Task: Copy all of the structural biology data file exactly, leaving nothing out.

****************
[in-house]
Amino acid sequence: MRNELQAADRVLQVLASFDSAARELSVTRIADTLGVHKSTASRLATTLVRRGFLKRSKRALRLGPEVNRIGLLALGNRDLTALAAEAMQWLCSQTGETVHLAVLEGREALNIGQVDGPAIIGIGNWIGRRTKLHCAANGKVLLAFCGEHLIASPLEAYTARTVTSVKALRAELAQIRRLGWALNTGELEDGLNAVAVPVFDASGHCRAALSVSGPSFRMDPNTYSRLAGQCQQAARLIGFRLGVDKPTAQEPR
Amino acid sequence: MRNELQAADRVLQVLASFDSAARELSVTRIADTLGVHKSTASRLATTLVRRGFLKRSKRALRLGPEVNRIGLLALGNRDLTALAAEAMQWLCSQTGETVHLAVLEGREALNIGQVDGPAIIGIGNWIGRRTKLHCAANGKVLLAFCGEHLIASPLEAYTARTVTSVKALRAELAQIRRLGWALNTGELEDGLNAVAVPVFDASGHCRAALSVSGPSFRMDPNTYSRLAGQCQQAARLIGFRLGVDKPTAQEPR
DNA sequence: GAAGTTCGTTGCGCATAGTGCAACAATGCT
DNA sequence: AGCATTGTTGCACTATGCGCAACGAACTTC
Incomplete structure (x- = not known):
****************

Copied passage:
[in-house]
Amino acid sequence: MRNELQAADRVLQVLASFDSAARELSVTRIADTLGVHKSTASRLATTLVRRGFLKRSKRALRLGPEVNRIGLLALGNRDLTALAAEAMQWLCSQTGETVHLAVLEGREALNIGQVDGPAIIGIGNWIGRRTKLHCAANGKVLLAFCGEHLIASPLEAYTARTVTSVKALRAELAQIRRLGWALNTGELEDGLNAVAVPVFDASGHCRAALSVSGPSFRMDPNTYSRLAGQCQQAARLIGFRLGVDKPTAQEPR
Amino acid sequence: MRNELQAADRVLQVLASFDSAARELSVTRIADTLGVHKSTASRLATTLVRRGFLKRSKRALRLGPEVNRIGLLALGNRDLTALAAEAMQWLCSQTGETVHLAVLEGREALNIGQVDGPAIIGIGNWIGRRTKLHCAANGKVLLAFCGEHLIASPLEAYTARTVTSVKALRAELAQIRRLGWALNTGELEDGLNAVAVPVFDASGHCRAALSVSGPSFRMDPNTYSRLAGQCQQAARLIGFRLGVDKPTAQEPR
DNA sequence: GAAGTTCGTTGCGCATAGTGCAACAATGCT
DNA sequence: AGCATTGTTGCACTATGCGCAACGAACTTC
Incomplete structure (x- = not known):